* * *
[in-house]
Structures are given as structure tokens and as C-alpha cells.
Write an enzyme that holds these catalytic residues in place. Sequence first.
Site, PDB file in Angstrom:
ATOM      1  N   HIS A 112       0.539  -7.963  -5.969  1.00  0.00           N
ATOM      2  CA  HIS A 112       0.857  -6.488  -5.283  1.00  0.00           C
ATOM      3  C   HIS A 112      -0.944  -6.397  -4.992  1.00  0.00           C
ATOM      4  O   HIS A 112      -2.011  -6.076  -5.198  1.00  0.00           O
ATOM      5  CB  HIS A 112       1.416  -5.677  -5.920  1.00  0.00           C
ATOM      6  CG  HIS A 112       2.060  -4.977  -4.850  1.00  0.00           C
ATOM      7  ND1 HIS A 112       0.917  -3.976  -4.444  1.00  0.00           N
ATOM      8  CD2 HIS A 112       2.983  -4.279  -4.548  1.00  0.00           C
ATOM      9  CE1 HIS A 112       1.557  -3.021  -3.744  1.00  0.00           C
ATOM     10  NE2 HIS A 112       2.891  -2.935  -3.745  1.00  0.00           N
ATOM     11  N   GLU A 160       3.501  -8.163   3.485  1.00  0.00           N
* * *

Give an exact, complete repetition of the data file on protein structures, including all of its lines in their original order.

[in-house]
Structures are given as structure tokens and as C-alpha cells.
Write an enzyme that holds these catalytic residues in place. Sequence first.
Site, PDB file in Angstrom:
ATOM      1  N   HIS A 112       0.539  -7.963  -5.969  1.00  0.00           N
ATOM      2  CA  HIS A 112       0.857  -6.488  -5.283  1.00  0.00           C
ATOM      3  C   HIS A 112      -0.944  -6.397  -4.992  1.00  0.00           C
ATOM      4  O   HIS A 112      -2.011  -6.076  -5.198  1.00  0.00           O
ATOM      5  CB  HIS A 112       1.416  -5.677  -5.920  1.00  0.00           C
ATOM      6  CG  HIS A 112       2.060  -4.977  -4.850  1.00  0.00           C
ATOM      7  ND1 HIS A 112       0.917  -3.976  -4.444  1.00  0.00           N
ATOM      8  CD2 HIS A 112       2.983  -4.279  -4.548  1.00  0.00           C
ATOM      9  CE1 HIS A 112       1.557  -3.021  -3.744  1.00  0.00           C
ATOM     10  NE2 HIS A 112       2.891  -2.935  -3.745  1.00  0.00           N
ATOM     11  N   GLU A 160       3.501  -8.163   3.485  1.00  0.00           N